by Kassandra Lamb ~ In April of last year, I wrote this post about the distinctions between some of the mystery sub-genres. I’m re-running this post (with a few tweaks) as the introduction to some other posts coming up, that will hopefully further clarify certain crime fiction sub-genre distinctions.
Crime Fiction Sub-Genre Distinctions That Are Clear As Mud
Genre definitions and crime fiction sub-genres can be quite murky and confusing for both writers and readers.
First there is the question of what is crime fiction. Some use it as a broader umbrella that includes any kind of fiction related to crime (including true crime, which isn’t fiction) and view mystery as one of its main sub-genres. Others use the two terms interchangeably (as we do here at misterio press).
If you do a search for mystery sub-genres, you will find lists of anywhere from 4 to 22. Some lists include thrillers, others view thrillers as a separate genre. Also, one will find somewhat different definitions of these genres and sub-genres.
And some stories have elements of more than one, so where do you put them?
Below are 3 distinctions between crime fiction sub-genres that can be pretty fuzzy. I will attempt to clarify, but I should note that these definitions are based on my understanding of the genre.
Is it a Thriller or a Mystery?
Here is the clearest distinction I’ve ever heard (not mine originally, I learned it in a workshop at a writers’ conference):
- In a mystery, something bad has already happened and the protagonist is trying to figure out who did the bad thing.
- In a thriller, something bad is going to happen and the protagonist is trying to figure out how to stop it from happening.
Thrillers are usually fast-paced. But pacing, in and of itself, does not turn a mystery into a thriller. A very fast-paced mystery should probably be called “suspense.”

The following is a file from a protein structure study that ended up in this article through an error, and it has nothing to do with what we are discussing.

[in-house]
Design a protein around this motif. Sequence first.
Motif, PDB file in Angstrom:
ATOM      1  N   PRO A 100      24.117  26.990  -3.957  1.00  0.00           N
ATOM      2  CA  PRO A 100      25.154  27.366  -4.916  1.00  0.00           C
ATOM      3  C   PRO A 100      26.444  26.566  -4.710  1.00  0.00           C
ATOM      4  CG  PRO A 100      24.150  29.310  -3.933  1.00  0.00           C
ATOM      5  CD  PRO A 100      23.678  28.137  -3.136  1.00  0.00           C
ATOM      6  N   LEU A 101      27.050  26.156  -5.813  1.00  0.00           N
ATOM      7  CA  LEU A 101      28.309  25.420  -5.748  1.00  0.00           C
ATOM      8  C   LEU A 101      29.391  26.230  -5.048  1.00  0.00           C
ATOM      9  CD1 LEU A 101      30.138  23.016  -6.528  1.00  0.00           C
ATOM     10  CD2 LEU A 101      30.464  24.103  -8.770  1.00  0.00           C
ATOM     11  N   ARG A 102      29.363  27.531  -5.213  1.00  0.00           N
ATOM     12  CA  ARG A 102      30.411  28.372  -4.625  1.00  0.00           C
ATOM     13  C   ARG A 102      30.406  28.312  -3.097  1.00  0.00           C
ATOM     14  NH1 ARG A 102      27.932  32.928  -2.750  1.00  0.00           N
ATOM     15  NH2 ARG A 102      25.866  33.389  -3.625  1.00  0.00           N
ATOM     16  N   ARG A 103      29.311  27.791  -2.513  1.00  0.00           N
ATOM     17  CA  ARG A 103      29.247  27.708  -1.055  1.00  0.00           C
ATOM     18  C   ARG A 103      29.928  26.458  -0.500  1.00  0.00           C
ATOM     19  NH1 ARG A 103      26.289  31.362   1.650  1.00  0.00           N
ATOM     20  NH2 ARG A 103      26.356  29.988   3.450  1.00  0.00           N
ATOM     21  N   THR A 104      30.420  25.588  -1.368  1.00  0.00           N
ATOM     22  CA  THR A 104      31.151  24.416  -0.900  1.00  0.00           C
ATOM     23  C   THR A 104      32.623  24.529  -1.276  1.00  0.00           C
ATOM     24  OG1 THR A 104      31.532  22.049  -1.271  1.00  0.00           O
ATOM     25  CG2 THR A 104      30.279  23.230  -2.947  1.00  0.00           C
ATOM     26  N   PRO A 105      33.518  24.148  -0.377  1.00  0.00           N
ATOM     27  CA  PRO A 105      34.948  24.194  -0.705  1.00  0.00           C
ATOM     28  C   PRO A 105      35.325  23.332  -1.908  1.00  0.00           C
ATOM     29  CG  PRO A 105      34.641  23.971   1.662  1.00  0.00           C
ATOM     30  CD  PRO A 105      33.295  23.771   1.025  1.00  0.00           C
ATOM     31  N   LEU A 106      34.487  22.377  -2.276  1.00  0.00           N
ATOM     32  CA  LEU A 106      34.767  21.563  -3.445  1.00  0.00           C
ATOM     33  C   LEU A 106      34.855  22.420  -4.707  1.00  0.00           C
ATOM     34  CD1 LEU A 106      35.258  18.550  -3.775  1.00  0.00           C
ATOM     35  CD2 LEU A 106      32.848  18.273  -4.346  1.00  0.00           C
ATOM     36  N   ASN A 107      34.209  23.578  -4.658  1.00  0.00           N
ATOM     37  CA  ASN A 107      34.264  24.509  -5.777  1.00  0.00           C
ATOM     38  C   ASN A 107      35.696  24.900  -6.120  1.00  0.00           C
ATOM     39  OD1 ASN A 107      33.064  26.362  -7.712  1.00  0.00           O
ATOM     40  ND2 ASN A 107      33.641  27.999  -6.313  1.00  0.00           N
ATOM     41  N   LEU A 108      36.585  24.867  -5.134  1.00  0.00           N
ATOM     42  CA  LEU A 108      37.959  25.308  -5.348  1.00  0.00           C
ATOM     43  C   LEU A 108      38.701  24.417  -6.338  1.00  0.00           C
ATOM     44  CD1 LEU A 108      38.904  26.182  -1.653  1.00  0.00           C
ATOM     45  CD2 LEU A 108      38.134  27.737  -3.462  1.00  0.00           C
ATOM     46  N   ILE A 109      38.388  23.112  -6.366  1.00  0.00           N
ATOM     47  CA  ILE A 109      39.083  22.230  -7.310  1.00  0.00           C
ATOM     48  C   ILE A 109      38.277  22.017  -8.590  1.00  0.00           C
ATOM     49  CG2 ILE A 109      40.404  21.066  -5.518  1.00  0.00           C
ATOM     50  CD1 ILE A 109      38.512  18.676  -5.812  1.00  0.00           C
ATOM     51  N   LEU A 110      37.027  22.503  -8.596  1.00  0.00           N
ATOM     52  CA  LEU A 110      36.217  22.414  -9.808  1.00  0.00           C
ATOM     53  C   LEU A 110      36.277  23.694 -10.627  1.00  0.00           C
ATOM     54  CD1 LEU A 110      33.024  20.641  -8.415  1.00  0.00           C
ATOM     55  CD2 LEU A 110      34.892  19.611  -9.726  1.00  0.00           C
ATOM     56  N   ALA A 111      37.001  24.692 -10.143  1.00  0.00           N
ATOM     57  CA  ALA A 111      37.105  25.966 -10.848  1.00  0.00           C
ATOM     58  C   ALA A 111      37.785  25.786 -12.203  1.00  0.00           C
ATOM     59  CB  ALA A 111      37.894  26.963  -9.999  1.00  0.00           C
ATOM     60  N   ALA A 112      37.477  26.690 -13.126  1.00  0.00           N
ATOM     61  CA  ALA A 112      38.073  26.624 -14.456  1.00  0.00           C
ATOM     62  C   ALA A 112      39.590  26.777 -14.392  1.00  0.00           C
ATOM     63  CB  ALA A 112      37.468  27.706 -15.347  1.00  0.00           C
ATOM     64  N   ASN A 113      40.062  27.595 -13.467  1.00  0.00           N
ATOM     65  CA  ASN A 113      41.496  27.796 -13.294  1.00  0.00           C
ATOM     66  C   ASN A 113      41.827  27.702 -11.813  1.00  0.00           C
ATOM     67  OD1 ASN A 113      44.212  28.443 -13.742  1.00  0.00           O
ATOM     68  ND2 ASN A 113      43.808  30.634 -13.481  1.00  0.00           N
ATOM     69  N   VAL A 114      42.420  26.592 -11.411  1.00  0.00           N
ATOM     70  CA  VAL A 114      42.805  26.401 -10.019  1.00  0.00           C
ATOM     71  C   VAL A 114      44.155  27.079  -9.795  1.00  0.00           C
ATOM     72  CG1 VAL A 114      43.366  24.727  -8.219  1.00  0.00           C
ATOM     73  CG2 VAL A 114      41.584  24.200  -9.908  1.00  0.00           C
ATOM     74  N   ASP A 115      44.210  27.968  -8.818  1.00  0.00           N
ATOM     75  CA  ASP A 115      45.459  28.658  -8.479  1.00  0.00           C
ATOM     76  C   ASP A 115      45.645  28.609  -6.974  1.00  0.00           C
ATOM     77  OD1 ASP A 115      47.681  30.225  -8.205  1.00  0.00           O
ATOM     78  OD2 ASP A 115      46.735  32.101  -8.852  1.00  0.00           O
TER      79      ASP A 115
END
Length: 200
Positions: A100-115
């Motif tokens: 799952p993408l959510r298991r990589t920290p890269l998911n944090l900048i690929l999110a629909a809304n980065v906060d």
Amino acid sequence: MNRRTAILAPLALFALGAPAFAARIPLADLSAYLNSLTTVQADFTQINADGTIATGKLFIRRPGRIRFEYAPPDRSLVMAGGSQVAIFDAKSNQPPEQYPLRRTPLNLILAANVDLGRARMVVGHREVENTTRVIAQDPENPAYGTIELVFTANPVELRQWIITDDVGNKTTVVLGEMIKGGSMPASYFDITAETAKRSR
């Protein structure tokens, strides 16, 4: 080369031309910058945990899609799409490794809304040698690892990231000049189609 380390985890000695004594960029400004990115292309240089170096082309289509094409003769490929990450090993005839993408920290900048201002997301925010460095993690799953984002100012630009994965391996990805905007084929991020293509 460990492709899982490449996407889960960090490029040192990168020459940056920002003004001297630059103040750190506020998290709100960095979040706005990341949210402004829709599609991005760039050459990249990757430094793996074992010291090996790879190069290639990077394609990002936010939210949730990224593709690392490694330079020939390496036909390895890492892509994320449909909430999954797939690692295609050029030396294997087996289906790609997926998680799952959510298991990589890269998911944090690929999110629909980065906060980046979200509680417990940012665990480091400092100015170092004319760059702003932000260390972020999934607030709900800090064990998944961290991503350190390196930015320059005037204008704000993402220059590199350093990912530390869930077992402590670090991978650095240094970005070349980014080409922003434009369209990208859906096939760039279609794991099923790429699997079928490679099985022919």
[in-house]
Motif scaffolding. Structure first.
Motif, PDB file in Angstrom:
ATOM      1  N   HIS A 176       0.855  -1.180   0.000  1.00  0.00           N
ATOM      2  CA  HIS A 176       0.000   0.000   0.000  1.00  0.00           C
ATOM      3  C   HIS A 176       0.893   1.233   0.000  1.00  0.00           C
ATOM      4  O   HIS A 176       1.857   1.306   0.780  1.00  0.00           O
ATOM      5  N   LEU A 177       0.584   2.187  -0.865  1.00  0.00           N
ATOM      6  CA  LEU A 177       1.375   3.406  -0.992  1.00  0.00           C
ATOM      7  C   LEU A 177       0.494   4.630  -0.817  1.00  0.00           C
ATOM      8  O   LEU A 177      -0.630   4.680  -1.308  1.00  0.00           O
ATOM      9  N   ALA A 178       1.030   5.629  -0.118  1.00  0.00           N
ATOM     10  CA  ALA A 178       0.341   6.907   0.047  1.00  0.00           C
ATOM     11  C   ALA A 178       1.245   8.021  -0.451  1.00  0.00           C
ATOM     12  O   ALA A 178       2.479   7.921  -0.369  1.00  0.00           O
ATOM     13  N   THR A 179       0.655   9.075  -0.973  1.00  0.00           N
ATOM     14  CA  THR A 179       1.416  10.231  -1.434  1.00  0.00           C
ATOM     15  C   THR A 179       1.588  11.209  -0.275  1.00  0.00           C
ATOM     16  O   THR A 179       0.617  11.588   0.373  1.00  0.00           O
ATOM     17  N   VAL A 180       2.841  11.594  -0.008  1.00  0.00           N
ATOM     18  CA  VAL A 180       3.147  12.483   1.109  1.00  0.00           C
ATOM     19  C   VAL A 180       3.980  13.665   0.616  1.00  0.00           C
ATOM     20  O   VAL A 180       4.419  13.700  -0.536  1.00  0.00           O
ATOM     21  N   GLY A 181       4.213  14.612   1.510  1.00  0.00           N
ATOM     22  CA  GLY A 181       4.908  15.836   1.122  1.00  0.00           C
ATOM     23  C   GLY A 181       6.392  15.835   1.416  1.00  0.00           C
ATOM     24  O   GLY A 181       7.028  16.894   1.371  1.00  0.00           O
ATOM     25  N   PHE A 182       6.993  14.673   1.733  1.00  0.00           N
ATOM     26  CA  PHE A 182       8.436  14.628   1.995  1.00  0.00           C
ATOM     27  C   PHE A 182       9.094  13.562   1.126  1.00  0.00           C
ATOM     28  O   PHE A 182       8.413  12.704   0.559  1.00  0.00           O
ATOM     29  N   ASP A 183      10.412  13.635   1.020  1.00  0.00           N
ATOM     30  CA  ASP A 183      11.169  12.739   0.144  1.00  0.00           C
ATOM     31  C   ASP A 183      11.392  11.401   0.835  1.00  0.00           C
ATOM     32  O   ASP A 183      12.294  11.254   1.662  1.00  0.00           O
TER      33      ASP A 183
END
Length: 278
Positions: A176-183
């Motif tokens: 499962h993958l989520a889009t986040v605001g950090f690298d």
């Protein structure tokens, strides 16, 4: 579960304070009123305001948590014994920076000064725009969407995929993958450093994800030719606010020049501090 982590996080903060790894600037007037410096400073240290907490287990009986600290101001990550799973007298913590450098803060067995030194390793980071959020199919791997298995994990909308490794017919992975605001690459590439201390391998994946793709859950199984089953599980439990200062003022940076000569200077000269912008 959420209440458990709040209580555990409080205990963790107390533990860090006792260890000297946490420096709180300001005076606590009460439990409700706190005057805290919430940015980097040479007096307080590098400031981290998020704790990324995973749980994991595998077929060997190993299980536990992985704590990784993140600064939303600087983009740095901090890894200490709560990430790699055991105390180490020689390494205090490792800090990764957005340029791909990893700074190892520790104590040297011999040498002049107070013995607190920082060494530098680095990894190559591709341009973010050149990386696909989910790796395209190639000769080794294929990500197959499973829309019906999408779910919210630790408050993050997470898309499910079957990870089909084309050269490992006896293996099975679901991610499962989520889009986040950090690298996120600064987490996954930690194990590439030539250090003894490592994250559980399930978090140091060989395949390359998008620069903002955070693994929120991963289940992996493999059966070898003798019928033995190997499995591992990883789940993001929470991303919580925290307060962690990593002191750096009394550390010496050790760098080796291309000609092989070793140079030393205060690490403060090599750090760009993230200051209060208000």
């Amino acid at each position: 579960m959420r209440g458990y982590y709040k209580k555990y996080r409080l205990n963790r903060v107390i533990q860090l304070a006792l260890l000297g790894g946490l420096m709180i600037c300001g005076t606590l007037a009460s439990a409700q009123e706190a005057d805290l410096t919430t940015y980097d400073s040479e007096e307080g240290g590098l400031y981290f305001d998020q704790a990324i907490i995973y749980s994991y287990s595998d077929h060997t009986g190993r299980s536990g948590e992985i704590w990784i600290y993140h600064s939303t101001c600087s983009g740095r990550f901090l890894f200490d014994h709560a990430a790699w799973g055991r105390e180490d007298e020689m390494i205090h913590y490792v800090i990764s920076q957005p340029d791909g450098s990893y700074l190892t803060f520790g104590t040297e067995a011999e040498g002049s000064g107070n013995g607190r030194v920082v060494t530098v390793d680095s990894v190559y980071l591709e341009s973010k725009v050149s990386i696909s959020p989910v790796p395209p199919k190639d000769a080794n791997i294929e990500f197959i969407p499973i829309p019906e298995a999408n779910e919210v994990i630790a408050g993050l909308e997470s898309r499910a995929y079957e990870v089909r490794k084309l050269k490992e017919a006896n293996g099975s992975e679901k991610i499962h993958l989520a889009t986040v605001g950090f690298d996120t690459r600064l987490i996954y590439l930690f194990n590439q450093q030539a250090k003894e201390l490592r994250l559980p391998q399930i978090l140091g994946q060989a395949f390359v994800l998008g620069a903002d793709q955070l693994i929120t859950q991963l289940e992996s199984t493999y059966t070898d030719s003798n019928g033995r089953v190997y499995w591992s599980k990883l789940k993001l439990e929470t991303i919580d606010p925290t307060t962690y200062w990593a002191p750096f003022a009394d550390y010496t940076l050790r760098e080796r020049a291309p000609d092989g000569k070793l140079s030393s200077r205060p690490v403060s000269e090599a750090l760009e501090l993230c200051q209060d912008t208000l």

Thrillers often have higher, more global stakes, such as the destruction of the world, the assassination of an important leader, etc. But the stakes may be more narrow, such as a serial killer targeting a certain person and the protagonist must stop them before that person is killed. Or in the case of a psychological thriller, the stakes are often one person’s sanity.
In a thriller, the reader may very well learn early on the identity of the bad guy(s)/gal(s)… or at least gets some insight into the antagonist(s), maybe even via scenes from their point of view. But this can happen in a mystery as well.
The key differences
These are the timing of the bad event (past or future) and the main goal of the protagonist (solve the crime or stop the bad event from happening).
But then there is the story where a bad thing happens and the protagonist is trying to solve that crime, and then another bad thing happens, and another…and it becomes apparent that even badder things are coming unless the protagonist can figure it all out pretty quick.
Is that a mystery or a thriller?
Good question. The answer is… it depends.
And that is when these other elements may swing the decision one way or the other.
If there’s been a murder, and then there are other murders, but they seem to be related to the first one—as in the killer is taking out people who might be able to incriminate him/her—and the stakes regarding the future bad thing are more narrow—as in someone near and dear to the protagonist is going to be the next victim—then it’s probably a mystery.
If a crime has happened and as the protagonist gathers clues and more crimes accumulate, it starts to look like a bad thing is going to happen that has much broader consequences, then it might very well be a thriller—especially if it’s fast-paced and the reader is given glimpses into the antagonist’s world.
Is it a Traditional Whodunit or a Cozy?
Some people use these terms interchangeably, but my understanding of a traditional mystery is that it is similar to the more classic stories from the early years of crime fiction, ala Sherlock Holmes and Agatha Christie’s Murder on the Orient Express. (Some consider these stories a sub-genre in their own right, the Golden Age mysteries.)